It's not likely that we'll ever see George W Bush mounting an articulate defence of his policies, let alone apologising for letting down the American people, so we'll have to make do with Frost/Nixon, which harks back to a halcyon era when ex-presidents could string a coherent sentence together.
Adapted by Peter Morgan (Last King Of Scotland, The Queen) from his award-winning West End play, it's a snappy dramatisation of the negotiations and preparations which led to David Frost's televised interviews with Richard Nixon in 1977. Before the interviews, both men had slipped into the wilderness. Frost (Michael Sheen) had had his American talk show cancelled, while Nixon (Frank Langella) was in post-Watergate exile in California. As Morgan sees it, they are both banking on the interviews to push them back into the limelight, but Frost's researchers, played by Oliver Platt, Sam Rockwell and Matthew Macfadyen (as John Birt!), see the encounters as something more vital: the trial Nixon never had.
Morgan has fashioned a deliciously witty comedy drama. He lampoons Frost as a glib playboy, and he presents Nixon as an arrogant ogre, and yet retains sympathy for both of them. In the role of a lifetime, Langella fully deserves his Oscar nomination. However, I'm not sure that Frost/Nixon's various terrific scenes quite add up to the David-and-Goliath clash the film keeps promising. Nor am I sure why Sheen's oily chancer would have any more luck with Tricky Dicky than previous inquisitors. Early on, someone opines that Frost "understood television" in a way that few did, while someone else asserts that he had "achieved great fame without possessing any discernible quality". From what we see here, it's the latter assessment that's closer to the truth.
Another fact-based blockbuster, Valkyrie, stars Tom Cruise as Colonel Claus von Stauffenberg, one of the German officers and politicians who conspired to assassinate Adolf Hitler in 1944. A more interesting film might have examined how someone who swore a loyalty oath to the Fuhrer could have had such a drastic change of heart. But Valkyrie isn't a drama, it's a thriller, and it's so urgent that there's no time for any discussion that doesn't propel the plot forward. Even though it's got a heavyweight British supporting cast, including Kenneth Branagh, Bill Nighy, Terence Stamp and Tom Wilkinson, none of them has any dialogue too wordy to fit in the trailer. "We have to show the world that not all of us were like him," Branagh declares – and that's subtle by Valkyrie standards.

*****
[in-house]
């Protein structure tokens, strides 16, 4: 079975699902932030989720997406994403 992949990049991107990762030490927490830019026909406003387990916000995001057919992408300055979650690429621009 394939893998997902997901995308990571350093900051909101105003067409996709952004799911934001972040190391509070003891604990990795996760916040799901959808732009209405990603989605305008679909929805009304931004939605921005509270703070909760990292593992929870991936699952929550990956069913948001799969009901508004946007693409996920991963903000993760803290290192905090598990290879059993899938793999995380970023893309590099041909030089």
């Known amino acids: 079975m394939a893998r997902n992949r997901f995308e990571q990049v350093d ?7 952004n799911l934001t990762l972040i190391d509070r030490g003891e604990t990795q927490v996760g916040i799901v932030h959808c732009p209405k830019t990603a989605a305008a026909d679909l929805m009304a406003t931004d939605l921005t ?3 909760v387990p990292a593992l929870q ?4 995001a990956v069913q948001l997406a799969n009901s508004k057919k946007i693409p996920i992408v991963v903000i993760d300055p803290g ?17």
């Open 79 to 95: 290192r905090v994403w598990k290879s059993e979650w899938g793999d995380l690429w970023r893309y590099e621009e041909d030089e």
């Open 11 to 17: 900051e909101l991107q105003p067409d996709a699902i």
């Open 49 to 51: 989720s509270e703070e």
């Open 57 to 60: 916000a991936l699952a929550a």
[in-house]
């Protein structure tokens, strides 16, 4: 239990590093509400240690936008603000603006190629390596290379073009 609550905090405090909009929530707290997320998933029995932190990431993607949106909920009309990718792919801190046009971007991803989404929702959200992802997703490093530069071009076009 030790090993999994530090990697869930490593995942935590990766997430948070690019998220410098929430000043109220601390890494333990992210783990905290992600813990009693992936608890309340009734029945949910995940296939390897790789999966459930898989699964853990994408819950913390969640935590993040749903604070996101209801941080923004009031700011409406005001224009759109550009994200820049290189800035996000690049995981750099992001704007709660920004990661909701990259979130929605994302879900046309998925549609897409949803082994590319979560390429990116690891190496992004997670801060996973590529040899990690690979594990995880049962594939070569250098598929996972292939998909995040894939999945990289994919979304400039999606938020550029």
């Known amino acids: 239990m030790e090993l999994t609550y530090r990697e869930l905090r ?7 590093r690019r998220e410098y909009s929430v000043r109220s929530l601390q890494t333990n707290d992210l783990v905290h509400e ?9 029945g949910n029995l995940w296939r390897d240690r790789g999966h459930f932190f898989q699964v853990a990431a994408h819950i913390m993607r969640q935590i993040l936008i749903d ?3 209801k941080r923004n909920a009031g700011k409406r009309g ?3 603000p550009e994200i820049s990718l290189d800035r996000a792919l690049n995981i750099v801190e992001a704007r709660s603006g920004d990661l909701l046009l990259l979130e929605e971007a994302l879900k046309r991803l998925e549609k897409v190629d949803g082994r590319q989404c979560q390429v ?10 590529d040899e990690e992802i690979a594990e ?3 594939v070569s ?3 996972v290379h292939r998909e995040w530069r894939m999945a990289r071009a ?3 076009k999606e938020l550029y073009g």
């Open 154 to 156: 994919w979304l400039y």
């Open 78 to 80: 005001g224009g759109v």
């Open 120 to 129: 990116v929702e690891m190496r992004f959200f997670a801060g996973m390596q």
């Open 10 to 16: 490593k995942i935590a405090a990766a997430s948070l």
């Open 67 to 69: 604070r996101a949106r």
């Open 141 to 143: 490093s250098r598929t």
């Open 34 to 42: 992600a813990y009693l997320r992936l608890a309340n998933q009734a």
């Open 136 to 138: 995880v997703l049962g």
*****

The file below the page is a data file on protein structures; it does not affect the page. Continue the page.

The action is so muscular and economical that it's sometimes possible to forget Valkyrie's unavoidable problem: we know what happens at the end. One snag that could have been avoided, though, is the weird inconsistency of accents. Cruise is as American as ever, while the British actors all sound English except for David Bamber, who plays Hitler with a Teutonic hiss. It seems that only the evil Germans were properly German, whereas the good ones were American and British – they just didn't realise it.
Rachel Getting Married features Anne Hathaway as Kym, a recovering addict who has a weekend pass from rehab to attend the wedding of her sister Rachel (Rosemarie DeWitt). A former model, Kym can't bear not to be the centre of attention, so she bickers, complains, showboats and screws her way through the ceremony. It's a long way from The Princess Diaries.
It's also a long way from Silence Of The Lambs, Philadelphia, and Jonathan Demme's other glossy Hollywood productions. Rachel Getting Married is a partly improvised indie film, and proud of it, with a roaming fly-on-the-wall camera which focuses as much on the toasts and the music being played by the happy couple's bohemian friends as it does on Kym's struggle to find a place in her family. It's an approach that has its drawbacks. The musicians' incessant busking will make some viewers want to stab themselves with a silver cake slice, and the film keeps going well after its dramatic climax. But there's no gainsaying the power and subtlety of the central performance. As the tightly-wound, tactless Kym, Hathaway sets herself apart from the Jessicas, Scarletts, and other actresses of her generation who are acclaimed more for their appearances in men's magazines than in cinemas. If her Oscar nomination for this film means she doesn't have to sign on for any more dross like Bride Wars, we can all be grateful.
Faintheart (90 mins, 12A)
'Faintheart' is a groundbreaking film in that it was produced via online auditions and votes on MySpace. Bearing that in mind, it's not too bad. Eddie Marsan is its dim hero, whose preoccupation with medieval battle re-enactments gets him thrown out by his long-suffering wife, Jessica Hynes. A bigger budget and a much bigger plot would have helped, but there have been worse attempts to imitate 'The Full Monty'.
Better Things (93 mins, 15)
At low-budget British film's other extreme, there's the uncompromisingly bleak 'Better Things', which begins with the funeral of a young woman who has taken a heroin overdose, and gets grimmer from there. It's an artily elliptical portrait of some mumbling rural teenagers who narcotise themselves with glum sex, dangerous driving and heroin. And their grandparents are even more miserable than they are. It's a film with a niche market, to put it mildly.